Combinatorial and Discrete Optimization
In combinatorial optimization one deals with solution methods for problems which usually have a problem-specific combinatorial structure of the solution set. A classical example is the shortest path problem. Here, a graph is given and the solution set is implicitly described by the set of paths connecting a given starting node to a final node. Often the respective optimization problems are motivated by a concrete application from practice.
In the research group, we conduct research on both exact and approximate methods that compute optimal solutions or those with a guaranteed goodness in polynomial time.
Algorithmic Game Theory
Non-cooperative and cooperative game theory offer mathematical descriptions of decentrally organized systems (e.g., transportation systems and the Internet); a fundamental concept of non-cooperative game theory is, for example, the so-called Nash equilibrium. A central research focus of the group is an algorithmic view on the topics existence of equilibria, computational complexity of equilibria, and quality of equilibria.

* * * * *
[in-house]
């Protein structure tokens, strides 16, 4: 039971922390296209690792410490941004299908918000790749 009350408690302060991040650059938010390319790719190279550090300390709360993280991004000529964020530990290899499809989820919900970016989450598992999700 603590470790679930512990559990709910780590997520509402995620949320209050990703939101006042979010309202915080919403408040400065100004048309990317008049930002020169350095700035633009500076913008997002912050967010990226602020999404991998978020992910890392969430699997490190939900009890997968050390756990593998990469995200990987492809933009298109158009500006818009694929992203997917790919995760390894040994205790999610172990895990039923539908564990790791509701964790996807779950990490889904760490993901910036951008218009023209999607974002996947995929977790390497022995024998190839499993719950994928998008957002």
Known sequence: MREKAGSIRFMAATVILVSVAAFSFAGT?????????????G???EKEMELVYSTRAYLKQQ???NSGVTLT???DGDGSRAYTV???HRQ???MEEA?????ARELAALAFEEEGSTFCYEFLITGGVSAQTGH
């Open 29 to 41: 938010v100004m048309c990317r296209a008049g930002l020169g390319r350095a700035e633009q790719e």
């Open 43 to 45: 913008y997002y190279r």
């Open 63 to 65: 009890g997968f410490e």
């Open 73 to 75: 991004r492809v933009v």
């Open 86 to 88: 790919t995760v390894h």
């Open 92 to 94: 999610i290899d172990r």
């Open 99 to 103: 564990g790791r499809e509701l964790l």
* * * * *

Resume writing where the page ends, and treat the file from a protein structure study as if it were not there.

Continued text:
Optimization of systems characterized by equilibrium conditions falls into the field of bilevel optimization. Problems of this class are quite difficult to solve, since they are usually non-convex and also non-differentiable. In this area, work is done on optimal network design under equilibrium conditions, design of combinatorial auctions, and design of optimal cost distributions in networks. In particular, the group works on the optimization of traffic light circuits, the use of navigation devices, and optimal network design (taking into account user equilibria).